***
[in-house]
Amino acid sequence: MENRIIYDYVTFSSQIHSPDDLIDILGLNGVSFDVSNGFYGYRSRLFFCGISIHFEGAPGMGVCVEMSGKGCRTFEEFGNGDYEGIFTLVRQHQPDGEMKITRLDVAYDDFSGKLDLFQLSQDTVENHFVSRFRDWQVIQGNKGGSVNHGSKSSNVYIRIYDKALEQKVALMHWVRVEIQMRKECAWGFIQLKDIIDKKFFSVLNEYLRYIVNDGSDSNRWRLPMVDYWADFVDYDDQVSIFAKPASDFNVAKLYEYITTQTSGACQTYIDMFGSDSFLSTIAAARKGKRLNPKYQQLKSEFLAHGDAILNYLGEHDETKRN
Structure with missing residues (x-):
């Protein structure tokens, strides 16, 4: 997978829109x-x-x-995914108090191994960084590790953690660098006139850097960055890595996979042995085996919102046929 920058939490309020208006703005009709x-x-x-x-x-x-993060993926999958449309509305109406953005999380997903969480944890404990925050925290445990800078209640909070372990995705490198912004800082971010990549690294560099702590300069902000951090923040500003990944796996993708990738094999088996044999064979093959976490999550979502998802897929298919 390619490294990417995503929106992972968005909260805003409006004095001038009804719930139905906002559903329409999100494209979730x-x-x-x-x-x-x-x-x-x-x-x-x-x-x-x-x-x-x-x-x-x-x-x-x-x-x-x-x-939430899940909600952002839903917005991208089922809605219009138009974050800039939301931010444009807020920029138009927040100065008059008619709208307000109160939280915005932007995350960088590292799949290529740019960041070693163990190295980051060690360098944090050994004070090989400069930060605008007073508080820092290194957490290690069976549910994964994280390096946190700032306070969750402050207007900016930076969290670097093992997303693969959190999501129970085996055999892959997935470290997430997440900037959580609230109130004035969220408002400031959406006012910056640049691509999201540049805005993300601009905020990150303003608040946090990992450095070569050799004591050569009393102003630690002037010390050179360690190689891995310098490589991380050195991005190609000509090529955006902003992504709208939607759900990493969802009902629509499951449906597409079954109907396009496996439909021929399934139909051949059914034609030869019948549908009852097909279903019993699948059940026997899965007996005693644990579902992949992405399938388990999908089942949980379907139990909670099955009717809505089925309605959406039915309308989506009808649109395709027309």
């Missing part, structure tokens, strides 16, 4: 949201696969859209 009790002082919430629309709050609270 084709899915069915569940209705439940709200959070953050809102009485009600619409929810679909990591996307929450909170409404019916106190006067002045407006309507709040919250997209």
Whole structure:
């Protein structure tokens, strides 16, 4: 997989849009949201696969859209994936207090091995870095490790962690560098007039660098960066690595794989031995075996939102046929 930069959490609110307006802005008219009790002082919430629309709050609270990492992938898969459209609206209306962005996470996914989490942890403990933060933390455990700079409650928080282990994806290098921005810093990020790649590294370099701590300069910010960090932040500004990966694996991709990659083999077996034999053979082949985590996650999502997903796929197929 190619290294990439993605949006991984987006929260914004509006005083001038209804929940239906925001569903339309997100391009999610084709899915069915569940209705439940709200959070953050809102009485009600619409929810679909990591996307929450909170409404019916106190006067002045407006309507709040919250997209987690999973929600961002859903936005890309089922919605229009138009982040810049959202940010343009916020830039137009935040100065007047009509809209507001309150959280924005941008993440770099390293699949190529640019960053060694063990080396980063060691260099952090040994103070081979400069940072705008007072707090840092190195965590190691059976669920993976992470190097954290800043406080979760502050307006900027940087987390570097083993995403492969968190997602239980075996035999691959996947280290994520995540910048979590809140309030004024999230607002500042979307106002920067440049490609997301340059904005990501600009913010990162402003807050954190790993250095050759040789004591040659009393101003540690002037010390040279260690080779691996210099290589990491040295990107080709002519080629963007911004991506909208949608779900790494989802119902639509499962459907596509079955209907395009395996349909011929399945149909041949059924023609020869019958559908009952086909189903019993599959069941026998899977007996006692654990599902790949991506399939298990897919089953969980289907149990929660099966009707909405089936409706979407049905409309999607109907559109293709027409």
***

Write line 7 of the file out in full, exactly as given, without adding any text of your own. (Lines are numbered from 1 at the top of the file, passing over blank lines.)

């Protein structure tokens, strides 16, 4: 997989849009949201696969859209994936207090091995870095490790962690560098007039660098960066690595794989031995075996939102046929 930069959490609110307006802005008219009790002082919430629309709050609270990492992938898969459209609206209306962005996470996914989490942890403990933060933390455990700079409650928080282990994806290098921005810093990020790649590294370099701590300069910010960090932040500004990966694996991709990659083999077996034999053979082949985590996650999502997903796929197929 190619290294990439993605949006991984987006929260914004509006005083001038209804929940239906925001569903339309997100391009999610084709899915069915569940209705439940709200959070953050809102009485009600619409929810679909990591996307929450909170409404019916106190006067002045407006309507709040919250997209987690999973929600961002859903936005890309089922919605229009138009982040810049959202940010343009916020830039137009935040100065007047009509809209507001309150959280924005941008993440770099390293699949190529640019960053060694063990080396980063060691260099952090040994103070081979400069940072705008007072707090840092190195965590190691059976669920993976992470190097954290800043406080979760502050307006900027940087987390570097083993995403492969968190997602239980075996035999691959996947280290994520995540910048979590809140309030004024999230607002500042979307106002920067440049490609997301340059904005990501600009913010990162402003807050954190790993250095050759040789004591040659009393101003540690002037010390040279260690080779691996210099290589990491040295990107080709002519080629963007911004991506909208949608779900790494989802119902639509499962459907596509079955209907395009395996349909011929399945149909041949059924023609020869019958559908009952086909189903019993599959069941026998899977007996006692654990599902790949991506399939298990897919089953969980289907149990929660099966009707909405089936409706979407049905409309999607109907559109293709027409």